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911 Calls On Nursing Home Dying: 'Oh My God, This Is Crazy'

Leon County Judge John Cooper on June 30, 2022, in a screen grab from The Florida Channel.
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The Florida Channel
Leon County Judge John Cooper on June 30, 2022, in a screen grab from The Florida Channel.

At first there was no hint of distress in the 911 calls, no sense of a crisis unfolding. But newly released emergency calls from a sweltering Broward County nursing home that lost its air conditioning to Hurricane Irma showed staffers becoming increasingly agitated by a disaster that would eventually claim 14 elderly lives.

The six calls made from the Rehabilitation Center at Hollywood Hills between 3 a.m. and 6:30 a.m.on Sept. 13, the day the first eight patients died, show that several patients were in respiratory distress and at least two were in cardiac arrest. By the second call, an employee is heard muttering "Whatta night." On the fourth call, another tells someone, "Oh my God, this is crazy."

But it wasn't until the final call did one of the 911 dispatchers realize that the sick patient wasn't an individual event but part of a series. The dispatcher, seeing the earlier calls on his computer screen, questioned if this was the same patient. No, the unidentified employee replied, a different one.

The dispatcher then asks if additional paramedics are needed.

"You guys already have a few other paramedics here, so I'm not sure," the employee responds.

The Hollywood, Florida, Police Department released the tapes Monday. The department is conducting a criminal investigation into the deaths but no arrests have been made and no charges filed. After the eight initial deaths, six other patients injured by the heat have since died, the latest two last week. The dead ranged in age from 57 to 99, with most from their 70s to 90s.

Investigators have said they want to know why the home's approximately 150 patients were not evacuated to a fully functioning, air-conditioned hospital just across the street until after the first deaths had occurred. Some who died had body temperatures as high as 109.9 degrees Fahrenheit when they arrived at the hospital. The state has suspended the home's license and Gov. Rick Scott has issued an executive order requiring that nursing homes install generators that can power air conditioners.

Geoffrey D. Smith, the attorney representing the nursing home, had no comment Monday, saying in a statement he has not yet reviewed the calls.

Irma struck South Florida on Sept. 10, knocking out power to most of the region, including the nursing home. The home had generators to power its lights and equipment, but not its air conditioning.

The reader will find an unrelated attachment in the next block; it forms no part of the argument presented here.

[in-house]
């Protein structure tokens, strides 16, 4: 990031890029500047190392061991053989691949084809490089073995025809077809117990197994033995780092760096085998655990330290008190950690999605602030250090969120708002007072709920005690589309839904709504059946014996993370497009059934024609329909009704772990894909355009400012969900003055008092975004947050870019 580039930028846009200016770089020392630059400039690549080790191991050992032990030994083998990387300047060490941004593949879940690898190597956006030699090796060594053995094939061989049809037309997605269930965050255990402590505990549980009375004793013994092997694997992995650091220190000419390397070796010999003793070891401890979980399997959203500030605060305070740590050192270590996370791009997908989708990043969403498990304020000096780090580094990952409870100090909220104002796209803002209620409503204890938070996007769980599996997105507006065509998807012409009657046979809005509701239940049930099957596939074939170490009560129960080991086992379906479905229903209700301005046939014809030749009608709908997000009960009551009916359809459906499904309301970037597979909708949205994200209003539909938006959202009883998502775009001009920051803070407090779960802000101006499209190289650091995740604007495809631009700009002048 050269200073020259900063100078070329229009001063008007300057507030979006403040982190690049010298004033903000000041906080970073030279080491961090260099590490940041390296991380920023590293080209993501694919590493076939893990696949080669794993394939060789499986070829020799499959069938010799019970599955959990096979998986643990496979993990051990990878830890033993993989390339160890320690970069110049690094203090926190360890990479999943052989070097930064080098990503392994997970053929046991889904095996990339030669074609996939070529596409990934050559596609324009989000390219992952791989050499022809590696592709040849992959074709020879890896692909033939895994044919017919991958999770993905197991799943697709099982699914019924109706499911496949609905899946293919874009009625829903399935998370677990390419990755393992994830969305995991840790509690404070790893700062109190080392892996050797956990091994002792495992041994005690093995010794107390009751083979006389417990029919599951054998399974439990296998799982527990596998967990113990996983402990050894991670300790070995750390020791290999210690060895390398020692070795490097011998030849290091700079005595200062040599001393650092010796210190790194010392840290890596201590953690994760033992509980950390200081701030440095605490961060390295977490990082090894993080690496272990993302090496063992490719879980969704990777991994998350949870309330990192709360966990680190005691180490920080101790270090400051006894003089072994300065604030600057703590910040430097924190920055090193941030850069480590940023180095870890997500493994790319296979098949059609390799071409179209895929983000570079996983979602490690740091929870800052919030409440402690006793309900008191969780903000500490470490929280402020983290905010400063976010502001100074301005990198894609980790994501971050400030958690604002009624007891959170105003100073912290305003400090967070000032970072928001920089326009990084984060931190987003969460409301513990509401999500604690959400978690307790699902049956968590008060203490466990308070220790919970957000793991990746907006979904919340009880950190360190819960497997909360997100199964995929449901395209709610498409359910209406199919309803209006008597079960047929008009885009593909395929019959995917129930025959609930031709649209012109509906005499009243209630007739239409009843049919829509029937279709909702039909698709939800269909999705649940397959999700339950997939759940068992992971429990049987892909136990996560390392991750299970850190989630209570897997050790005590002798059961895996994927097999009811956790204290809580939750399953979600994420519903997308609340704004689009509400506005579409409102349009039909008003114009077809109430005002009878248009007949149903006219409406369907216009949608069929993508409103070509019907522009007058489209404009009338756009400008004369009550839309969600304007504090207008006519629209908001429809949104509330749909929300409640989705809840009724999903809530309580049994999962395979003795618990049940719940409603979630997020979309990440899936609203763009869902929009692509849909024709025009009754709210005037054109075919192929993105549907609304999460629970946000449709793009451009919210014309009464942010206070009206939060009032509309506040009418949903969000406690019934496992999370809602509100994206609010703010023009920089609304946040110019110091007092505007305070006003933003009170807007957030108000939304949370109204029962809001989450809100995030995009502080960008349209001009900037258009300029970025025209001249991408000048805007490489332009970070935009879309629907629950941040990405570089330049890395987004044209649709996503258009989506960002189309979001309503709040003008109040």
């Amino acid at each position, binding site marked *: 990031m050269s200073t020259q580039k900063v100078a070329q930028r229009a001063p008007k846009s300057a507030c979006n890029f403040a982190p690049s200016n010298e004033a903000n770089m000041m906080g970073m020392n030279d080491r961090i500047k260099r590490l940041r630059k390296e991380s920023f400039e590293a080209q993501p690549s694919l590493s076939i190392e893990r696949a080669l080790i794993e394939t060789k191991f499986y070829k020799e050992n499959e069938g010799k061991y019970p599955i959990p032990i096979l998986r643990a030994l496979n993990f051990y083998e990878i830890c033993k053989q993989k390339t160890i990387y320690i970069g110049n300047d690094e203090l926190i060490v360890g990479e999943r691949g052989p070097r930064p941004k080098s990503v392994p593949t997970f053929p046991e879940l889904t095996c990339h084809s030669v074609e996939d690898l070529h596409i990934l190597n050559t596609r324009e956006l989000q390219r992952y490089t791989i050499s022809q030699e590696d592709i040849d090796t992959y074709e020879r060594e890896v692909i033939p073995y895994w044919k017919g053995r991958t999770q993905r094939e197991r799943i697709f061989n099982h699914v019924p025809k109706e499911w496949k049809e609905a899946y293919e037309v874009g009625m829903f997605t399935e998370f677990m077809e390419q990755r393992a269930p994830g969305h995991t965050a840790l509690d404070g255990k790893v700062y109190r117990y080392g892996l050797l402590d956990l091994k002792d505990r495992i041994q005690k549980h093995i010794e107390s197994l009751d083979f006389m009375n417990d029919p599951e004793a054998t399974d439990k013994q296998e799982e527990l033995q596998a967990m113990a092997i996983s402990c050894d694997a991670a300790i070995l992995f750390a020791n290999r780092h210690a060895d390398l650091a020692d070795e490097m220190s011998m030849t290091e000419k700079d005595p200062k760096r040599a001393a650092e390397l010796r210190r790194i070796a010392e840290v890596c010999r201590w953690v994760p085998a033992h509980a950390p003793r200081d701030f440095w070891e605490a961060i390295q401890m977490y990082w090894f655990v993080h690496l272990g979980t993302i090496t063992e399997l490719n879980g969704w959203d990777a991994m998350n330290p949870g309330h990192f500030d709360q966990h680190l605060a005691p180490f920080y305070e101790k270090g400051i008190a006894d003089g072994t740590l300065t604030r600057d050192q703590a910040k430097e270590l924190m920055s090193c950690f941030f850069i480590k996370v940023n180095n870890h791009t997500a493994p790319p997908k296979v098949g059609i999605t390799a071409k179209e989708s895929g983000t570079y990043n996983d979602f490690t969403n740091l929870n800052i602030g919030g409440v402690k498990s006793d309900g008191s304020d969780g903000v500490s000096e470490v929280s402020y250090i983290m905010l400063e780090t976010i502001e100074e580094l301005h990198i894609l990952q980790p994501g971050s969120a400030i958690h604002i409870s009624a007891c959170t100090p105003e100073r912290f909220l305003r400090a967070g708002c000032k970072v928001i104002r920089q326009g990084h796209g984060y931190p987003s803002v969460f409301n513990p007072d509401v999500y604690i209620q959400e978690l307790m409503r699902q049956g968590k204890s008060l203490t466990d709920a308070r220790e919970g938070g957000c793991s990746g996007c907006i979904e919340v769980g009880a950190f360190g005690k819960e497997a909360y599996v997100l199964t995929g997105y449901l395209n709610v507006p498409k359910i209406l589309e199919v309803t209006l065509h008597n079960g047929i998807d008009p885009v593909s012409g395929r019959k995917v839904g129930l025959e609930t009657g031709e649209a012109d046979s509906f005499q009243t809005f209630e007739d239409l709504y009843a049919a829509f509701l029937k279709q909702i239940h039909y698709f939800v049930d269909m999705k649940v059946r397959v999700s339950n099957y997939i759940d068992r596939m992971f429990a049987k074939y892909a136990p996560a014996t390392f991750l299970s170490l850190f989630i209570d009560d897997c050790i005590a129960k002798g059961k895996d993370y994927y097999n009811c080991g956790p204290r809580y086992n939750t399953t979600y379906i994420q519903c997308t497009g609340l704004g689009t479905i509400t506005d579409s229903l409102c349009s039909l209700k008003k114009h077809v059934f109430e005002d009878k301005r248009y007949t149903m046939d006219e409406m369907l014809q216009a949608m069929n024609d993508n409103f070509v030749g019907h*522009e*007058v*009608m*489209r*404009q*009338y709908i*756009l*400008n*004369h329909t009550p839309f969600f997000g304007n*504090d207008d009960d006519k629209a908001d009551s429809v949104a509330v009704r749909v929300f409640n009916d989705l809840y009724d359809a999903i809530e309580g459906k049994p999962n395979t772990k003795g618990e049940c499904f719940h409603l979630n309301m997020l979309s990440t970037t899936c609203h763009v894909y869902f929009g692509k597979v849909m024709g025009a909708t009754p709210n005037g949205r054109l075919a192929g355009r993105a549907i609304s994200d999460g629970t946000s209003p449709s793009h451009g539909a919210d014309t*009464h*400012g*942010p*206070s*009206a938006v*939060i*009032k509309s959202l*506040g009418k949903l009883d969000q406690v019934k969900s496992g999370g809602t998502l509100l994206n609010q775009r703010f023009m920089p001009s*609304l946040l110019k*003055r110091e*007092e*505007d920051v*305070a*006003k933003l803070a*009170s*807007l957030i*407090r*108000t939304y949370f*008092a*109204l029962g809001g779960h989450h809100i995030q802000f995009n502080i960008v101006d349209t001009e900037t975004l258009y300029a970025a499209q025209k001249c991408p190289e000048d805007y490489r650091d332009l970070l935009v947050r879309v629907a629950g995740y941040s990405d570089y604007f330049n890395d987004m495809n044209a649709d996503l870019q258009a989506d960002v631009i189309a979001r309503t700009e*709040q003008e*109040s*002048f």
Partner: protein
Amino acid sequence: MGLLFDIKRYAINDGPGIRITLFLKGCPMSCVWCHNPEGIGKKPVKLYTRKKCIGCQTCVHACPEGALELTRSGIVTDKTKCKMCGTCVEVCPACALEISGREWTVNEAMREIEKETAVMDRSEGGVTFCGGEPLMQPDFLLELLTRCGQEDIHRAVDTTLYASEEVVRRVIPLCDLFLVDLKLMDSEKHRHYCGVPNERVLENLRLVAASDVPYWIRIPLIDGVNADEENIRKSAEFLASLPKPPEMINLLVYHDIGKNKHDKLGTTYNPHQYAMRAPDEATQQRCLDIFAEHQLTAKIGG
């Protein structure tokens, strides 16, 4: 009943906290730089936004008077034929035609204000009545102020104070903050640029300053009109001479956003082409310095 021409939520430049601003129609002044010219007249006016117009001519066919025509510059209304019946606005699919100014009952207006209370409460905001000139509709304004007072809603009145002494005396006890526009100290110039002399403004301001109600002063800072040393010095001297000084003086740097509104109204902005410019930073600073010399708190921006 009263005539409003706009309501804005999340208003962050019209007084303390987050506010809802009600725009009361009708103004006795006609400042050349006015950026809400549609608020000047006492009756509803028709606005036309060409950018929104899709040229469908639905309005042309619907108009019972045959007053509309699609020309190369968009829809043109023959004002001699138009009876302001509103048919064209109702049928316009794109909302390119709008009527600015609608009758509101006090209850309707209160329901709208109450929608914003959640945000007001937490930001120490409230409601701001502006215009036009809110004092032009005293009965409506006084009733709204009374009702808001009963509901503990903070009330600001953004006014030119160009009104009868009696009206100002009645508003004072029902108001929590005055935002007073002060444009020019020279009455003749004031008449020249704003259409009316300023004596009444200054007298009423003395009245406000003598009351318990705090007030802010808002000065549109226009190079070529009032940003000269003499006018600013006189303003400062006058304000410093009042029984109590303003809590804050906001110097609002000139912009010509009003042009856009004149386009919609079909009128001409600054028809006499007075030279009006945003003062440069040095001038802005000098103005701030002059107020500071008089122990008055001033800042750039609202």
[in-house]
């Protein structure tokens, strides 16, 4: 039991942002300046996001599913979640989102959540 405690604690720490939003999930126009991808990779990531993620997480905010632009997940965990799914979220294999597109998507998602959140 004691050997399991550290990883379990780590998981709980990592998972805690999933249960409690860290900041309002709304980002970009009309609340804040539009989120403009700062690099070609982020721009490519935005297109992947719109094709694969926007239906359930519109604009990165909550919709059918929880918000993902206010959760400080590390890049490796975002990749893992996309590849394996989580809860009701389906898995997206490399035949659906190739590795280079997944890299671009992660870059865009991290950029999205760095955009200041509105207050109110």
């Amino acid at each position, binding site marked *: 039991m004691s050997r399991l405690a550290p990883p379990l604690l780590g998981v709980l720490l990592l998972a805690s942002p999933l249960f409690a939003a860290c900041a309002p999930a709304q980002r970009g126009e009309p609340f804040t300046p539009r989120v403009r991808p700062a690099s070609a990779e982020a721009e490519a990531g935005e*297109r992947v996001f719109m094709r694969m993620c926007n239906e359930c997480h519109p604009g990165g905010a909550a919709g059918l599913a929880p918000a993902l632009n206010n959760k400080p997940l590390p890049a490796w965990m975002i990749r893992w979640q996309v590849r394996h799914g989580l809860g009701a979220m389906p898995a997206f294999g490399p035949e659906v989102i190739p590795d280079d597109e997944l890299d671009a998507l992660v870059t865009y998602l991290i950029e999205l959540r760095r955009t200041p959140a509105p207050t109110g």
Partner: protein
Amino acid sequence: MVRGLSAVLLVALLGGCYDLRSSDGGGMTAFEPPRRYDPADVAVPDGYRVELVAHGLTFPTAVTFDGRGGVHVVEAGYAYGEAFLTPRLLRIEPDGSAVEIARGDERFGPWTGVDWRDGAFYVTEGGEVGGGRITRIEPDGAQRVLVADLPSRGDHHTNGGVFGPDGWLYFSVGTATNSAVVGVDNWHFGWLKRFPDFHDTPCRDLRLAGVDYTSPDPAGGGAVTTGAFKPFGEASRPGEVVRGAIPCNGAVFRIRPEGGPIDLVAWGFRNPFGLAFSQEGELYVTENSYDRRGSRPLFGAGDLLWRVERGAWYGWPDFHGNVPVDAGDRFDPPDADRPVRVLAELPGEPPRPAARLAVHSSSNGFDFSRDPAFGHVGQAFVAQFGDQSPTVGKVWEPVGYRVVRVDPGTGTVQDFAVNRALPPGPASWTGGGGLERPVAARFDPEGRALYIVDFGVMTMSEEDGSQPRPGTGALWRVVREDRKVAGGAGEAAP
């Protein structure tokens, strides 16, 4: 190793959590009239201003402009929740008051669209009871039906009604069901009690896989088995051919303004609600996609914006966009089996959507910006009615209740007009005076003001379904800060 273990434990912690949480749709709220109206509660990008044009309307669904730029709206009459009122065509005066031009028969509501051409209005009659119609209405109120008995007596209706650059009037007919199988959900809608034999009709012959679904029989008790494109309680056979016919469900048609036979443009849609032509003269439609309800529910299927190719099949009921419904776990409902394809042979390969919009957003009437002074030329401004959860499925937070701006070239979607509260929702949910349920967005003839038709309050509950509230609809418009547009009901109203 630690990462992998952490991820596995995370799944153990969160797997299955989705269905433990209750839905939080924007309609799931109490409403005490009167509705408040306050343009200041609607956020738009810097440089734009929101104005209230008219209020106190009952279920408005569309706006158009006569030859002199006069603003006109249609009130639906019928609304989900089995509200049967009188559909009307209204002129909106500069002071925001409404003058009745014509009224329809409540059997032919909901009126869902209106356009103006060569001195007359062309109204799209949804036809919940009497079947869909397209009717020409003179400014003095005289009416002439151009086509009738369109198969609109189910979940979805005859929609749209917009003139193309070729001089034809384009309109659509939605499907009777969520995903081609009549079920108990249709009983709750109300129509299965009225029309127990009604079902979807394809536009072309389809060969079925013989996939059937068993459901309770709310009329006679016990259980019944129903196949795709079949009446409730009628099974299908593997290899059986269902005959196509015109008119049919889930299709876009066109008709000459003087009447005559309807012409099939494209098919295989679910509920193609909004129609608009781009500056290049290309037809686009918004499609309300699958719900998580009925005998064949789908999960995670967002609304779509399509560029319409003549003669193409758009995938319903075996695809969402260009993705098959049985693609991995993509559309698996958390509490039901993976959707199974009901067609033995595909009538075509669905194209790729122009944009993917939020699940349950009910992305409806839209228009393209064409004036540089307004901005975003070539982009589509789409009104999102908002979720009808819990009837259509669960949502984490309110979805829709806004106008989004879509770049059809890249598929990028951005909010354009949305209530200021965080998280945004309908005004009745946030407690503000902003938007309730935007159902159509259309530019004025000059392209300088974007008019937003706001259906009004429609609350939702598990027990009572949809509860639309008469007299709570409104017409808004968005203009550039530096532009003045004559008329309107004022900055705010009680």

The first 911 call came at 3 a.m. on Sept. 13. The unidentified hospital employee tells the dispatcher that an 84-year-old patient is in cardiac arrest.

"I saw her slouch over. I noticed she is not breathing," the employee says, adding that the patient's mouth and fingers are turning blue. "We are doing CPR." She then reports that the patient has resumed breathing on her own, but it's "very labored."

The second call came an hour later. Again, the patient is near death. At one point the employee mutters, "Whatta night." The dispatcher again sends paramedics.

The third call is short. Another patient in full cardiac arrest is receiving CPR. It is about this time that city officials say paramedics realized they might have a crisis developing.

The employee who makes the fourth call 30 minutes later is showing stress. She reports nurses are doing CPR on another male patient, sighing, "Oh my God, this is crazy."

The employee who makes the fifth call reported that another patient is not breathing. In an annoyed tone, she says to an interrupting co-worker, "Oh my God, I am on the phone."

At this point, no one from the home had told the 911 dispatchers, who work for Broward County, about the earlier patients. While the dispatchers are not identified, from their voices it is clear that most if not all of the calls were taken by different people.

Only in the final call, coming at 6:30 a.m., did the 911 dispatcher question the employee, asking if this is for a different patient. Yes, he is told. He soon asks if he should send more than just two paramedics. It's then that she tells him there are several already there.

About this time, emergency room employees at Memorial Regional Hospital had become concerned by all the patients coming in from across the street. Two employees went to investigate, saying they found patients dying and summoning help. Dozens of doctors, nurses and other employees swarmed across the street, treated the patients and evacuated them to the hospital.